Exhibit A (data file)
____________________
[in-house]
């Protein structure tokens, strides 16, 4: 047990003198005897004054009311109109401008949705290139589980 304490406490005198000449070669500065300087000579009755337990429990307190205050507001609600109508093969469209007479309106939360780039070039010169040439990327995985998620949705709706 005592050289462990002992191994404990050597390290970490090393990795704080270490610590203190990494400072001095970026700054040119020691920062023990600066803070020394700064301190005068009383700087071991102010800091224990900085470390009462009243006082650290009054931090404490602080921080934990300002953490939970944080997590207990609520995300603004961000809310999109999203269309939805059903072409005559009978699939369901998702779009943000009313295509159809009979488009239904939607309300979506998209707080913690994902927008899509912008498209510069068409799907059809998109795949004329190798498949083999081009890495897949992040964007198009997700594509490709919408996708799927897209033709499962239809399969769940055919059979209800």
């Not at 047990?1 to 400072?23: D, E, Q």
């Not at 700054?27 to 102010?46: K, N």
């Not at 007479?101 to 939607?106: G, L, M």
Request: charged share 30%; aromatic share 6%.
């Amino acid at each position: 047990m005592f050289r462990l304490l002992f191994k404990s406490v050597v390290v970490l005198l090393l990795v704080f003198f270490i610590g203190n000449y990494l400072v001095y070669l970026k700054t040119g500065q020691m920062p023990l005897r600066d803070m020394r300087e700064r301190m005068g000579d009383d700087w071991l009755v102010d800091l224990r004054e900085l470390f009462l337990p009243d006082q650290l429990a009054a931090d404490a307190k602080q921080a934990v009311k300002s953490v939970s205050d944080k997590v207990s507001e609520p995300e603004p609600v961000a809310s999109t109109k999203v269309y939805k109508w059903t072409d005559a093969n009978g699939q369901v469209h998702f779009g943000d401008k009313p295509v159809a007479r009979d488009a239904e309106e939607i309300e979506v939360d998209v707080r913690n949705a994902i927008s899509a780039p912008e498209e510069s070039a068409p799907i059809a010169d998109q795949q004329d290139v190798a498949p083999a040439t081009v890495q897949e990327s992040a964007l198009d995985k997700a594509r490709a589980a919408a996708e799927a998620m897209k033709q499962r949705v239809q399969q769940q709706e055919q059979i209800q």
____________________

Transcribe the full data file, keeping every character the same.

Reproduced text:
[in-house]
């Protein structure tokens, strides 16, 4: 047990003198005897004054009311109109401008949705290139589980 304490406490005198000449070669500065300087000579009755337990429990307190205050507001609600109508093969469209007479309106939360780039070039010169040439990327995985998620949705709706 005592050289462990002992191994404990050597390290970490090393990795704080270490610590203190990494400072001095970026700054040119020691920062023990600066803070020394700064301190005068009383700087071991102010800091224990900085470390009462009243006082650290009054931090404490602080921080934990300002953490939970944080997590207990609520995300603004961000809310999109999203269309939805059903072409005559009978699939369901998702779009943000009313295509159809009979488009239904939607309300979506998209707080913690994902927008899509912008498209510069068409799907059809998109795949004329190798498949083999081009890495897949992040964007198009997700594509490709919408996708799927897209033709499962239809399969769940055919059979209800």
């Not at 047990?1 to 400072?23: D, E, Q």
């Not at 700054?27 to 102010?46: K, N």
């Not at 007479?101 to 939607?106: G, L, M």
Request: charged share 30%; aromatic share 6%.
């Amino acid at each position: 047990m005592f050289r462990l304490l002992f191994k404990s406490v050597v390290v970490l005198l090393l990795v704080f003198f270490i610590g203190n000449y990494l400072v001095y070669l970026k700054t040119g500065q020691m920062p023990l005897r600066d803070m020394r300087e700064r301190m005068g000579d009383d700087w071991l009755v102010d800091l224990r004054e900085l470390f009462l337990p009243d006082q650290l429990a009054a931090d404490a307190k602080q921080a934990v009311k300002s953490v939970s205050d944080k997590v207990s507001e609520p995300e603004p609600v961000a809310s999109t109109k999203v269309y939805k109508w059903t072409d005559a093969n009978g699939q369901v469209h998702f779009g943000d401008k009313p295509v159809a007479r009979d488009a239904e309106e939607i309300e979506v939360d998209v707080r913690n949705a994902i927008s899509a780039p912008e498209e510069s070039a068409p799907i059809a010169d998109q795949q004329d290139v190798a498949p083999a040439t081009v890495q897949e990327s992040a964007l198009d995985k997700a594509r490709a589980a919408a996708e799927a998620m897209k033709q499962r949705v239809q399969q769940q709706e055919q059979i209800q």